Mrs. Piozzi speaks, in her Italian Tour, with such enthusiasm, calling him, I think," dear, good Mr. Hutton."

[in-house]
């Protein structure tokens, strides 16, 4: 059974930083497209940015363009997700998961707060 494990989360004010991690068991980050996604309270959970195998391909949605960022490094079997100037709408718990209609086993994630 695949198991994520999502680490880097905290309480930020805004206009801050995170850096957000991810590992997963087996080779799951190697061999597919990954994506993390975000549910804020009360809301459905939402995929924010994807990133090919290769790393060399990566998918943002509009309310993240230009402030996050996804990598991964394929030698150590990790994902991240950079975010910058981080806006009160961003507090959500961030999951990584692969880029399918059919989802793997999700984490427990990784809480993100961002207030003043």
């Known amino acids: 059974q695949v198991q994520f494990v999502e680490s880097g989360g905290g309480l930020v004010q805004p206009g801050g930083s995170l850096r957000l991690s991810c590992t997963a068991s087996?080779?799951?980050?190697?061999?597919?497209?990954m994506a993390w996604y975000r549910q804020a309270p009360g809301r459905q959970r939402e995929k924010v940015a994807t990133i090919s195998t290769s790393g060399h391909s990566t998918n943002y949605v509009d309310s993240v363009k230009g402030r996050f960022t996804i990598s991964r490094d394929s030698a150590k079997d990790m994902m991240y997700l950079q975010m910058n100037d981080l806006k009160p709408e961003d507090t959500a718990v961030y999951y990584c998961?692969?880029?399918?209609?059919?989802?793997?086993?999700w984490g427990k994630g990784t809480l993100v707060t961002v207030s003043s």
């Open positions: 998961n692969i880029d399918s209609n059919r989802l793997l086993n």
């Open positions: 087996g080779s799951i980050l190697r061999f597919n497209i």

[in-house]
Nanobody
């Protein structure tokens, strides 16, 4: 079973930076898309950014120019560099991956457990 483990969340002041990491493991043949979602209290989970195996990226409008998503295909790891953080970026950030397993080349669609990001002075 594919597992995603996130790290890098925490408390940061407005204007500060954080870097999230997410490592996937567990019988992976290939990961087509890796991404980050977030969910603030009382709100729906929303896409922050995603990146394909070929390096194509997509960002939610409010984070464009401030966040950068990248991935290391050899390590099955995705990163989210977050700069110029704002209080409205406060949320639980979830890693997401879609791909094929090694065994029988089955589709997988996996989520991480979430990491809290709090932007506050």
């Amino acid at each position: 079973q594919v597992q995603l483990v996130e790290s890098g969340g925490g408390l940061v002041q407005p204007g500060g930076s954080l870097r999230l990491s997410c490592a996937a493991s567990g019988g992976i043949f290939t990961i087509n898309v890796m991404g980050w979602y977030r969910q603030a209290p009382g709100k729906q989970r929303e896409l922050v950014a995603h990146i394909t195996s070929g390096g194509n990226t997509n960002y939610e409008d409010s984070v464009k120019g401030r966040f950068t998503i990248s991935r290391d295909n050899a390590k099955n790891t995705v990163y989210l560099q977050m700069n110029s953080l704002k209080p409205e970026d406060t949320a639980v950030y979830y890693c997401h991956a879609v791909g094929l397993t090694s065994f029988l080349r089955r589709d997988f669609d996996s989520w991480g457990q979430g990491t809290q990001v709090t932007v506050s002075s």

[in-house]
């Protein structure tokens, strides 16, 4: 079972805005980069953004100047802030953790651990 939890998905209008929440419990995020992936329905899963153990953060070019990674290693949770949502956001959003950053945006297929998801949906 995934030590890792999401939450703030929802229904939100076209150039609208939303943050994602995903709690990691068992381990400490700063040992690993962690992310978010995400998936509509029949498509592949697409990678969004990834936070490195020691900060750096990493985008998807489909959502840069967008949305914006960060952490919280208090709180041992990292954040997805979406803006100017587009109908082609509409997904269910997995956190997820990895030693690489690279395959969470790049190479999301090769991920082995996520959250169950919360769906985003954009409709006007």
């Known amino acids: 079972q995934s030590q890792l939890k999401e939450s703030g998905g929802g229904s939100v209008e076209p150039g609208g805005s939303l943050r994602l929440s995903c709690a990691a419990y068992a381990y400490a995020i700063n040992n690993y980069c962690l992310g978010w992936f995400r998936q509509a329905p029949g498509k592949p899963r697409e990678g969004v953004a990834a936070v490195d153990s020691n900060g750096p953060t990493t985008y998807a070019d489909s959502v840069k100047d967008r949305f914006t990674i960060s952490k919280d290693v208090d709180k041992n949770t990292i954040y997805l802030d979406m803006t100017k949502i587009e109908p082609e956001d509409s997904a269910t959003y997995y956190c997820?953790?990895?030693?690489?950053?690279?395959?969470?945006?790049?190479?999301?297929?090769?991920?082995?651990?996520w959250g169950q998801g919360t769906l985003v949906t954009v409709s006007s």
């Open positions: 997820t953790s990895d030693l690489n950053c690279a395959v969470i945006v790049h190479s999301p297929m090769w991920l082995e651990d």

the well-known and justly-celebrated Bookseller and Auctioneer, was born in 1724. His talent at CATALOGUIZING was unrivalled; witness, that of a famous collection from the Continent, called Catalogus Universalis ;" that of Sir Julius Cæsar's MSS. (which he had accidentally rescued from destruction after they had actually reached the cheesemonger's shop); the interesting Catalogues of the Libraries of West, Beauclerk, the Pinelli, Tyssen, Strange, &c. after he had ceased to exhibit from his own pulpit in Essex-house in Essex-street, Strand, which gave place to a pulpit of a different complexion. He figured last as an Auctioneer in King-street, Covent-garden; where his own books were soon afterwards sold. He was not brought up to any profession; and before, or soon after he became of age, his guardian failed, and he lost his fortune. Marrying very young, and the love of reading leading him to deal in books, he opened a bookseller's shop opposite Durham Yard in the Strand, where he published Miss Charlotte Ramsay's (afterwards the celebrated Mrs. Lennox*) Poems in 1748, and also "A Dissertation on the Original of the Equestrian Figure of St. George, and of the Garter, by Dr. Pettingal, 1753," 4to. The business of a Bookseller not proving successful, he entered upon Essexhouse, and commenced general Auctioneer, and, amongst other articles, he here sold a valuable allotment of painted glass, and a capital collection of books, which he brought home after a tour through Holland and Flanders. He was also author of "Coryat Junior, 1767," in 3 vols. 12mo, the result of that tour; "Joineriana; or, The Book of * See before, p. 200.